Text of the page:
I am sure that you may have heard about the Gluten-free Casein-free diet by now. It has been in the news. There are now special cookbooks specifically geared for special populations to try this diet including the "Kid-Friendly ADHD and Autism cookbook." And there are whole blogs devoted to sharing GFCF recipes. This diet has definitely reached the mainstream as more food stores carry these products than ever before. When I started my son on the GFCF diet eight years ago we had to special order foods or go to a health food store to purchase the needed items. Now we can find GFCF foods in our local grocery store and even restaurants have begun to create GFCF items on their menu. The popularity of this diet is growing by leaps and bounds.
So what is all the hoopla about?
I had heard about this diet years ago from other parents who were a part of an on-line support group for parents who had children with autism and/or ADHD. I was hearing all these remarkable claims about the diet and my inner skeptic was provoked. I heard stories of children with autism speaking full sentences for the first time after the implementation of this diet. I heard other tales of children with ADHD who no longer had any of the behavioral traits which define this disorder following their switch to the GFCF diet. I also heard from people who said that this diet was a lot of bunk and should be discredited as a way to help people who have autism and/or ADHD.
I always believe that the truth lies somewhere in between the two extremes.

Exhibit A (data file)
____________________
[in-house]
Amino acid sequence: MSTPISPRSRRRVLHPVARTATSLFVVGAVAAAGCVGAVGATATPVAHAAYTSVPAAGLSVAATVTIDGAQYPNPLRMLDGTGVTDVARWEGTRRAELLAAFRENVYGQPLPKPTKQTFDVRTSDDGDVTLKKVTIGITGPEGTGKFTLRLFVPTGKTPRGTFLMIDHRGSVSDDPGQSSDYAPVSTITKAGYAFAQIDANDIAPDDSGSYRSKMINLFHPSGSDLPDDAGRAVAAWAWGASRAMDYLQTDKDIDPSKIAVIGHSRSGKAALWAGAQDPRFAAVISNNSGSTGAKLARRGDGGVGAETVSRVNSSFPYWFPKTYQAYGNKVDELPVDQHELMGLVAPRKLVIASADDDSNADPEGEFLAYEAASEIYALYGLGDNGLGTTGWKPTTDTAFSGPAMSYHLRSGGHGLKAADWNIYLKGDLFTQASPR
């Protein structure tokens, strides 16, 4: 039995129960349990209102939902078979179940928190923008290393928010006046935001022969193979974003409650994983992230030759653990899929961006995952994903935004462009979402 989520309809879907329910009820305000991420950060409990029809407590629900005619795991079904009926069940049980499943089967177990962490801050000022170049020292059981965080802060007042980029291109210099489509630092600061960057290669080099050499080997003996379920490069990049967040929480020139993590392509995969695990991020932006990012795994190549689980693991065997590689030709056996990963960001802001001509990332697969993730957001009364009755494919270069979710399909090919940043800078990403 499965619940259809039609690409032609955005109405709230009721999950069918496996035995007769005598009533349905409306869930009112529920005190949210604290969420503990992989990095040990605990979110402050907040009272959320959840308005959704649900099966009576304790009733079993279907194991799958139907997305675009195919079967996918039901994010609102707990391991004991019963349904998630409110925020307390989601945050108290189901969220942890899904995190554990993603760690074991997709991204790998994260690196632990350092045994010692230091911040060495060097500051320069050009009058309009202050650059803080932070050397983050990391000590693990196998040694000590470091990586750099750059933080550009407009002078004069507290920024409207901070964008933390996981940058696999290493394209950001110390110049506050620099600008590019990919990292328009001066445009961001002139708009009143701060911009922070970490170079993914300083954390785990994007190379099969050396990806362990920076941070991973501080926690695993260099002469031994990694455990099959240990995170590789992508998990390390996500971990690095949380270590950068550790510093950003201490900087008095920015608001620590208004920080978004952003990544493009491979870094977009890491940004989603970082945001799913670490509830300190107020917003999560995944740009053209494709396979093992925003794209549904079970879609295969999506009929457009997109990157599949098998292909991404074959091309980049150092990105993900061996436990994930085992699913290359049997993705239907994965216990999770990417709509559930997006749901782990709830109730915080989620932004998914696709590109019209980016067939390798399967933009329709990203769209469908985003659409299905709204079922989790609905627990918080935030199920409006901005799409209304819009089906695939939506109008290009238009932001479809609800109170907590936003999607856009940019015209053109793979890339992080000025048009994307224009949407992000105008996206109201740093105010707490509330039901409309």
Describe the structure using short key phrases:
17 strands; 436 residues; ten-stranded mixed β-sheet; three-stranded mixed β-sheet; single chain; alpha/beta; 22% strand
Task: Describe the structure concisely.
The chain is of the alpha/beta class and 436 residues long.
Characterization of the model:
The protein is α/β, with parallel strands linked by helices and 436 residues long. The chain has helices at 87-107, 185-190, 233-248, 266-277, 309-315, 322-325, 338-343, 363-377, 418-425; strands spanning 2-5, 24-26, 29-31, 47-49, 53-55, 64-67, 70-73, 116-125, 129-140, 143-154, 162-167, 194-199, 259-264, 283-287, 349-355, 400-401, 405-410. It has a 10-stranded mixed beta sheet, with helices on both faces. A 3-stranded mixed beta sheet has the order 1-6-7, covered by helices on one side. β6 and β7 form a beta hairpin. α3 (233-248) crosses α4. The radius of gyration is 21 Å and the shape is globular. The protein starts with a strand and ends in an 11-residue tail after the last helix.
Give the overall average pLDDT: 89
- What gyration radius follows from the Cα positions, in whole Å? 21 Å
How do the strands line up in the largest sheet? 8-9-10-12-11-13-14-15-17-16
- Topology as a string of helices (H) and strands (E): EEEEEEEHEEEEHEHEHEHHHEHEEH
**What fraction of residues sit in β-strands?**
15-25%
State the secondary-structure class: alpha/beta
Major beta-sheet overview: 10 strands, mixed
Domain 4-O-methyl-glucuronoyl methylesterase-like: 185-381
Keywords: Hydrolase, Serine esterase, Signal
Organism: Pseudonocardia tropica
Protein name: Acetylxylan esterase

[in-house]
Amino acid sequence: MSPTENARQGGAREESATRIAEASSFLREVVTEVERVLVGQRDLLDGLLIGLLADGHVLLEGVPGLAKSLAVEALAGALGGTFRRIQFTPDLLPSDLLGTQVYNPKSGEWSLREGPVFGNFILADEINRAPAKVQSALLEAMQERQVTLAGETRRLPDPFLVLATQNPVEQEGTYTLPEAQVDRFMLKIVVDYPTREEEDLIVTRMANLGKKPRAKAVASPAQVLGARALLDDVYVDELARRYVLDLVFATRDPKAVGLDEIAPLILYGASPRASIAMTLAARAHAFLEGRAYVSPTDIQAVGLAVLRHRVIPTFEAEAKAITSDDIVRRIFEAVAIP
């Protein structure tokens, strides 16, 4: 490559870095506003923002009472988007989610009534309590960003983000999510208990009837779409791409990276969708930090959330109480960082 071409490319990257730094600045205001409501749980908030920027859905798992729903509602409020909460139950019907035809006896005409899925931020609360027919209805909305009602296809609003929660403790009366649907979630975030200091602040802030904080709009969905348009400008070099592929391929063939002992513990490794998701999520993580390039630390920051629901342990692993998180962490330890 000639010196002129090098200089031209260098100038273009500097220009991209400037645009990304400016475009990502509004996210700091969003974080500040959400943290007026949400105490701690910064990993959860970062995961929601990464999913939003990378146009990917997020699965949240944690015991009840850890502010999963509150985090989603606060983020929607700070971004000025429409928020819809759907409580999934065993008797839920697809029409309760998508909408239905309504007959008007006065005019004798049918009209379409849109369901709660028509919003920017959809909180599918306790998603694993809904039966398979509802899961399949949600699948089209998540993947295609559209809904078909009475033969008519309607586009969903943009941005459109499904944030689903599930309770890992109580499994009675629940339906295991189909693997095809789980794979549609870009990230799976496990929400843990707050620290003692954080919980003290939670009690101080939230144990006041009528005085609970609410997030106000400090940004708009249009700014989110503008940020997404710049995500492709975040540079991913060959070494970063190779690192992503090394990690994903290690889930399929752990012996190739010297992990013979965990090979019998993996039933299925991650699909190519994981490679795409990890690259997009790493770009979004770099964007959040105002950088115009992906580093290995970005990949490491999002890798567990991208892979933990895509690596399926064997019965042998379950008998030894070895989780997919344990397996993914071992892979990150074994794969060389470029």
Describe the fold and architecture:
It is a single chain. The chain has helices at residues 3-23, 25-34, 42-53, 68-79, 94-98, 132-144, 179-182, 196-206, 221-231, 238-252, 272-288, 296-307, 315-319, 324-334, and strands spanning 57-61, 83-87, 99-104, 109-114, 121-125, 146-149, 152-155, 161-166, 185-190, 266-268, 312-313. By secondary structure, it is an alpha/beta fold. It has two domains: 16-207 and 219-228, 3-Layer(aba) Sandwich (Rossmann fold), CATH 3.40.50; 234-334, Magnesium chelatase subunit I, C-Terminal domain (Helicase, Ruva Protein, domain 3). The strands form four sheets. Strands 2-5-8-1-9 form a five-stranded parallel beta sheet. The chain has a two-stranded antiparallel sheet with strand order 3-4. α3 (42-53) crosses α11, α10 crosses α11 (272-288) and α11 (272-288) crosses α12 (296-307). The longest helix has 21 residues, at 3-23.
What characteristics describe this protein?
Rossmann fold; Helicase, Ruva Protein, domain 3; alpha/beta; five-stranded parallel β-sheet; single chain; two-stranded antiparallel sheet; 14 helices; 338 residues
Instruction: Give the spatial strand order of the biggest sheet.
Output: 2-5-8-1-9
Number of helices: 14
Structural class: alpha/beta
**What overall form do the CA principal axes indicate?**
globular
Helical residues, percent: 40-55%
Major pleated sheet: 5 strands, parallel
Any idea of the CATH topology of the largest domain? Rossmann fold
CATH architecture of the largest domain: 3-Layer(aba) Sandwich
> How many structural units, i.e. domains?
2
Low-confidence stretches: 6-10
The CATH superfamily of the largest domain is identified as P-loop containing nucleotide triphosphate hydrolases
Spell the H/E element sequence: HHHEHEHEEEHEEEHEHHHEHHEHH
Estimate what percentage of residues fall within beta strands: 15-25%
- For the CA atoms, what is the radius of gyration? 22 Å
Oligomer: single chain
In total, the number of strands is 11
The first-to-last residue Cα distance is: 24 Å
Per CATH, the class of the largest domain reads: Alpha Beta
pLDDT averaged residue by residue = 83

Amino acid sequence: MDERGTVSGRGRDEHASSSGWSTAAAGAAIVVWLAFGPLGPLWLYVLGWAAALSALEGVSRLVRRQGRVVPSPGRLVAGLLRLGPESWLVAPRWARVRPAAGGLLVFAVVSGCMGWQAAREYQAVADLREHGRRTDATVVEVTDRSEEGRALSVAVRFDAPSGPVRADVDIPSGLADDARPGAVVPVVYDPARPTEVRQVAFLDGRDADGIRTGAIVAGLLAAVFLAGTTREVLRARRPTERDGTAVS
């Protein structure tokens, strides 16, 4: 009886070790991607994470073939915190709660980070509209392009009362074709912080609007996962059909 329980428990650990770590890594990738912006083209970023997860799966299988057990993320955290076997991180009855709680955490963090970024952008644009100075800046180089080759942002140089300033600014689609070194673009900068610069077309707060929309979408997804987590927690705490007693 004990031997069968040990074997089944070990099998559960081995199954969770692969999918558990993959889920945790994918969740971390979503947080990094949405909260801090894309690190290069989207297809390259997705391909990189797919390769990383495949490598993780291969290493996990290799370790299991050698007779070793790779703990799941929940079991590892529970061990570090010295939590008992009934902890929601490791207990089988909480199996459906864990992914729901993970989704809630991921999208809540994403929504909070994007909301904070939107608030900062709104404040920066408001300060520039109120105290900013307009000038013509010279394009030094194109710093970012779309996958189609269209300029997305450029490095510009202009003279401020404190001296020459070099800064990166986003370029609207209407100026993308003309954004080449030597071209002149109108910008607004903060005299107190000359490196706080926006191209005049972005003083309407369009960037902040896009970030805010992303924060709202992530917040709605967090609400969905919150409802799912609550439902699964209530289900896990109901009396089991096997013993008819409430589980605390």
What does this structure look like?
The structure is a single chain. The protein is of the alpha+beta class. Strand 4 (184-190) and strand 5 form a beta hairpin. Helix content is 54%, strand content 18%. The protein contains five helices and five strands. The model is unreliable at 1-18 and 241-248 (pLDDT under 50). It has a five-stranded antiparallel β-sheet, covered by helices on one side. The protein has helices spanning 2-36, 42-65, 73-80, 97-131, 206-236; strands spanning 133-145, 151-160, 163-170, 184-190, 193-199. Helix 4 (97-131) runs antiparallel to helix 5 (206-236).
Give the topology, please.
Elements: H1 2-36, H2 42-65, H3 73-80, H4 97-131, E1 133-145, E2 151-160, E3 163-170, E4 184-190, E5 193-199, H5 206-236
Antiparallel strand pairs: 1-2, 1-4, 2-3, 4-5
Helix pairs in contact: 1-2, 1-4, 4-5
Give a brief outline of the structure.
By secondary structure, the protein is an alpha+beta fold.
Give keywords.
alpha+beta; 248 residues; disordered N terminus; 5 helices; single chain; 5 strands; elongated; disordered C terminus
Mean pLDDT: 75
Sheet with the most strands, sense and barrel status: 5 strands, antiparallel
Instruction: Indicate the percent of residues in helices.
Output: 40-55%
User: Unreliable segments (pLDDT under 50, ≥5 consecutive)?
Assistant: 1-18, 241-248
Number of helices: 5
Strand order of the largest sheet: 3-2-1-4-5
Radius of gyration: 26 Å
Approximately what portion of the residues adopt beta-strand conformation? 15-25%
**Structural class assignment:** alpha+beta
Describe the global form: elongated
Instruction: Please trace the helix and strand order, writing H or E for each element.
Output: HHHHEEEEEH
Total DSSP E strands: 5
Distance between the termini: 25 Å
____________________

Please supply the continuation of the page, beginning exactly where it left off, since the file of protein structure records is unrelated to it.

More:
The theory behind using the diet goes something like this. People who are on the autism spectrum and/or have ADHD may not be able to properly digest gluten (which is the protein part of wheat, barley and rye) and casein (which is a protein found in milk and milk products such as cheese, butter, yogurt and ice-cream). When these proteins are not properly digested the theory suggests that they form substances which act as opiates in the body. And in turn these newly formed substances alter the child's behavior, perceptions, and responses to the environment.
Is there any scientific proof of this?
Actually there is. There are many researchers who are studying the brain/gut connection and their findings are quite interesting. Here is but one study. In a 2006 study by Niederhofer and Pittschieler entitled, "A Preliminary Investigation of ADHD symptoms in persons with celiac disease" the authors found that:
"The data indicate that ADHD-like symptomatology is markedly overrepresented among untreated CD patients and that a gluten-free diet may improve symptoms significantly within a short period of time. The results of this study also suggest that CD should be included in the list of diseases associated with ADHD-like symptomatology."
Here "CD" stands for celiac disease which means you are unable to digest gluten and wheat products.